PORTLAND (AP) – Frank Springer dabbles in oil paintings at his home in Damariscotta in midcoast Maine.

But when he was younger, he was drawing Spider-Man and other comic superheroes for Marvel Comics. It was a way to make a living.

Now the opening of the third Spider-Man movie brings back memories of when Springer, 77, drew the likes of Spider-Man, the Incredible Hulk, the Punisher, Captain Marvel and Powerman. The blockbuster “Spider-Man 3” opened in theaters Friday.

“I wish I had a piece of the action, but I don’t,” Springer said. “Unfortunately, none of us get a piece of the movie.”

While living in New York in the 1950s after college an a stint in the Army, Springer began drawing comics on a freelance basis. He drew Spider-Man comics from the mid-1970s into the ’80s.

Living on Long Island, Springer would be mailed a script or travel to Marvel Comics’ Madison Avenue offices to meet with Marvel’s comic guru, Stan Lee, to talk about the upcoming issue.

Springer stuck to the formula of drawing Spider-Man “like a middleweight high school wrestler, 5-foot-9-inches and 150 to 160 pounds – not like Batman or Superman, 6-foot-5-inches with deltoids like basketballs.

“Spider-Man was a typical high school kid with all the problems and hang-ups teenage kids had,” Springer said. “He had trouble with girls and trouble with acne.”

As a kid, Springer was a big fan of comic books and remembers when Superman and Batman characters first appeared.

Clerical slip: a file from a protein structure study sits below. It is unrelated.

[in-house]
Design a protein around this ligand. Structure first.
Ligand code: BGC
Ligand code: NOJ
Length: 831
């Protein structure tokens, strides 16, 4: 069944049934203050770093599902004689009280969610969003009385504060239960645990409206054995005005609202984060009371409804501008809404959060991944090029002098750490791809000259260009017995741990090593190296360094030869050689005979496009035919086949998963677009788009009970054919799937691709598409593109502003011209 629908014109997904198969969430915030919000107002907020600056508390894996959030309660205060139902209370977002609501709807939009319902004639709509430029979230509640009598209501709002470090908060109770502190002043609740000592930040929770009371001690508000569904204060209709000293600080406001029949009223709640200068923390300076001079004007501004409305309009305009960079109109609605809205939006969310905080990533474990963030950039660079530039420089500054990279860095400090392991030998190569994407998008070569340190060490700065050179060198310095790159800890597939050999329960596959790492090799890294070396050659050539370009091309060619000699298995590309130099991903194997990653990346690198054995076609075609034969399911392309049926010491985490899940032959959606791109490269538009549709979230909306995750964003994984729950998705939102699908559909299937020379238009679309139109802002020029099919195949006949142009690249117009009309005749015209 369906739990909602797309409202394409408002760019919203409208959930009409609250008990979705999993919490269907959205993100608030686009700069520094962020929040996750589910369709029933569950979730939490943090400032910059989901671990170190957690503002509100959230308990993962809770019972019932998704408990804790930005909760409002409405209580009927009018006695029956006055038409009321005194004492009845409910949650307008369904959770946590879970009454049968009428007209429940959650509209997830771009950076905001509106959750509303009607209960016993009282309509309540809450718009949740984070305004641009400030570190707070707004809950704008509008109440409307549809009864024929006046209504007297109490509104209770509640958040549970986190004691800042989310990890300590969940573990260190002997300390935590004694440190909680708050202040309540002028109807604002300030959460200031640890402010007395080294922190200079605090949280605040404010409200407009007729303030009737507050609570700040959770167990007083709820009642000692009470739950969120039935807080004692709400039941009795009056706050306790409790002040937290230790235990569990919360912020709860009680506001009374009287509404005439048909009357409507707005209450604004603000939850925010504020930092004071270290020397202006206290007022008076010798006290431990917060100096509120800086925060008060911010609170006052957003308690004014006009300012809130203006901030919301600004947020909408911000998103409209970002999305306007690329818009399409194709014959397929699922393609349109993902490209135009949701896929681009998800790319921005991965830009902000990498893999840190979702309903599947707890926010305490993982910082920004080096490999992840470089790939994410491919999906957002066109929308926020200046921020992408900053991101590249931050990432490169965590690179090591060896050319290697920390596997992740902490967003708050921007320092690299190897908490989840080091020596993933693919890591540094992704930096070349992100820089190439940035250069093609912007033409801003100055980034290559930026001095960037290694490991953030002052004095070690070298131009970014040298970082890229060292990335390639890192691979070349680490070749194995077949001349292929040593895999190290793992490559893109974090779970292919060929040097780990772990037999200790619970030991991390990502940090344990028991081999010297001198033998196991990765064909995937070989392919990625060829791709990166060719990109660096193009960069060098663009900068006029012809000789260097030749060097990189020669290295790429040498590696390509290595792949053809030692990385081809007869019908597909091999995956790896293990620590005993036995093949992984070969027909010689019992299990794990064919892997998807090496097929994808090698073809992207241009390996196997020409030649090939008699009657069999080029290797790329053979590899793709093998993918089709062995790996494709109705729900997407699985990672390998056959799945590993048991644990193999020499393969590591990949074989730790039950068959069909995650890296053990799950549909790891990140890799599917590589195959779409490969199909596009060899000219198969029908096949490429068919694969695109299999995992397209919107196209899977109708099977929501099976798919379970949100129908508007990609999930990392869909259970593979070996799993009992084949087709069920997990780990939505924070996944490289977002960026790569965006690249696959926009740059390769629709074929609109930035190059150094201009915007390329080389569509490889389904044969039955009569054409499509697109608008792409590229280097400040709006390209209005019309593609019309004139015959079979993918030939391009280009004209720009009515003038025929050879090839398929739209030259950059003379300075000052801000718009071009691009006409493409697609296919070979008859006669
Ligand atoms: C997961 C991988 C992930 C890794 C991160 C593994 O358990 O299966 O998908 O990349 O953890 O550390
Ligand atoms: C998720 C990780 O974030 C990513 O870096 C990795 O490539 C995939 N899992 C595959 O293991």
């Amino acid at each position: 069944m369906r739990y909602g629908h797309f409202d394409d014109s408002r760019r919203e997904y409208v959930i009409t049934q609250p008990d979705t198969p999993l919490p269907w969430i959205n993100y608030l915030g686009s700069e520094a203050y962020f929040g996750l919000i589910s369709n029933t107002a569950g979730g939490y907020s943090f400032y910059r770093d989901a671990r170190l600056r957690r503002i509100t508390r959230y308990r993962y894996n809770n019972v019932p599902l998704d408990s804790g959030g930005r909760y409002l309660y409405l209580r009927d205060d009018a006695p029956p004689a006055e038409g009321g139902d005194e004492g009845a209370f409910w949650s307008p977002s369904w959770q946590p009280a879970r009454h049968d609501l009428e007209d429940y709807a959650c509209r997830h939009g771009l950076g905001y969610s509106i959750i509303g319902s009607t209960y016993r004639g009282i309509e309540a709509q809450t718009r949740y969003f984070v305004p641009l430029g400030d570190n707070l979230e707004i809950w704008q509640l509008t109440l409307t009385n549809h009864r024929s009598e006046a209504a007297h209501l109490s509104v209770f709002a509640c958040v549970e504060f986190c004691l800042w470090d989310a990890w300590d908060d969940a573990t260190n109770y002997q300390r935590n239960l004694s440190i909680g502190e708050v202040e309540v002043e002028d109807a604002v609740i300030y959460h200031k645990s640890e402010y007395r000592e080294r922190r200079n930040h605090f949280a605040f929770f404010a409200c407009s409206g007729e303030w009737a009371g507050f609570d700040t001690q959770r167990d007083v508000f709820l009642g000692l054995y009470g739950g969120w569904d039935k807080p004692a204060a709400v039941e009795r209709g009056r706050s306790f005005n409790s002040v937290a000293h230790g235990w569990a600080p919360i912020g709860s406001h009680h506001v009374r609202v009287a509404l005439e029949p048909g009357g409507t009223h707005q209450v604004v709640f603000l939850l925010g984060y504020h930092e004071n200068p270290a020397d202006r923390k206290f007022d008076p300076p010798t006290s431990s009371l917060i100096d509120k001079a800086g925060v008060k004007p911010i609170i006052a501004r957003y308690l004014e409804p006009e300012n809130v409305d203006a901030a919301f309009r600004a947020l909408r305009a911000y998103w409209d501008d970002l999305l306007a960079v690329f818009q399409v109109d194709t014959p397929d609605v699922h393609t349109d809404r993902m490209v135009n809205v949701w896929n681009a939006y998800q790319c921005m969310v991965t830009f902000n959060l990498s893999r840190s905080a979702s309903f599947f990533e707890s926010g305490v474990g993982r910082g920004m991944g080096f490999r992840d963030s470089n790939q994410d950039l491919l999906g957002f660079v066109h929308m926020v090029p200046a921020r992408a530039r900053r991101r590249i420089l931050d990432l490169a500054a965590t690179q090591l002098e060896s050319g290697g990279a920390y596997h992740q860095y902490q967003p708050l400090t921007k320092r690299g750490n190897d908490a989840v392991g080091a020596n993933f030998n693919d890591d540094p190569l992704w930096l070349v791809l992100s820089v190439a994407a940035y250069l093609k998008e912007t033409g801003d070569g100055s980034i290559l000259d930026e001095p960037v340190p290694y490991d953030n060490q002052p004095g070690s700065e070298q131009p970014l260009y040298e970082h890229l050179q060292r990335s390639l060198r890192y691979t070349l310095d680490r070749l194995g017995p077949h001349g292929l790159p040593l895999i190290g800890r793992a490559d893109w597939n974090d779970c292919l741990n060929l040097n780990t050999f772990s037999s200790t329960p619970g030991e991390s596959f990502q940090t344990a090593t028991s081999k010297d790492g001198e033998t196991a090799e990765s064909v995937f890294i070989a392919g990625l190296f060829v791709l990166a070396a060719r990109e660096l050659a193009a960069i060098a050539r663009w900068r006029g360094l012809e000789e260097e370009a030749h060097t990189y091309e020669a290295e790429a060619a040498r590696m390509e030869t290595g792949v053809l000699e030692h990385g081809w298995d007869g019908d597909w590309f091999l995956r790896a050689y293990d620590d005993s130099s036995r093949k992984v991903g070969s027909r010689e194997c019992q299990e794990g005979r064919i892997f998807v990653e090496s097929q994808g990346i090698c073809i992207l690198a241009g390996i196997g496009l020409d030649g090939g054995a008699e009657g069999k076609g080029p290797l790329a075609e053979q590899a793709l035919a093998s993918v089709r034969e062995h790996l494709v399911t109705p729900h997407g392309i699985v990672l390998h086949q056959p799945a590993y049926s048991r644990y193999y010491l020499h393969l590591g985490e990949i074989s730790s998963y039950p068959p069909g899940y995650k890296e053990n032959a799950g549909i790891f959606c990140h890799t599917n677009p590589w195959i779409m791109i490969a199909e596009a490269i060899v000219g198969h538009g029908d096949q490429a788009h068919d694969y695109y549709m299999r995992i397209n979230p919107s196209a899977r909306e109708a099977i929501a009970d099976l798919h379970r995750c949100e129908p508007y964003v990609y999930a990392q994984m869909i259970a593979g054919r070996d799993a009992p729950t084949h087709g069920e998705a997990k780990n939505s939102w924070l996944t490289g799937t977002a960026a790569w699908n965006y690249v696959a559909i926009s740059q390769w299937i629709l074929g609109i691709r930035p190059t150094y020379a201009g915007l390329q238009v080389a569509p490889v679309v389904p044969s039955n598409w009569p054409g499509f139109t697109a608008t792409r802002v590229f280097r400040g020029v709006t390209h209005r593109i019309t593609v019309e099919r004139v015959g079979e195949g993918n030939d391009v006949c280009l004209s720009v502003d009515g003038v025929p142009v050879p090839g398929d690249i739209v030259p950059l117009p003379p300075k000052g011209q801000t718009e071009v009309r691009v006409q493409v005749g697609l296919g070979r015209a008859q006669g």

“When I was a kid I read the comics, and as an adult I drew them because it paid the bills,” he said.

In his career, Springer drew countless comics as a comic strip and comic book artist. Today he’s working with oils, doing sports figures and portraits, at his home in Maine, where he moved with his wife in the mid-1990s.

Springer said he’s impressed with Spider-Man’s staying power since he was created 45 years ago.

He was at a comic convention two years ago in San Diego and stopped by a booth where an agent was selling some of Springer’s old stuff along with an original Spider-Man cover done by another artist that had a price tag of $35,000.

Springer asked him why the price was so high.

“He said, ‘Because it’s Spider-Man.”‘



Information from: Portland Press Herald, http://www.pressherald.com

AP-ES-05-05-07 1230EDT


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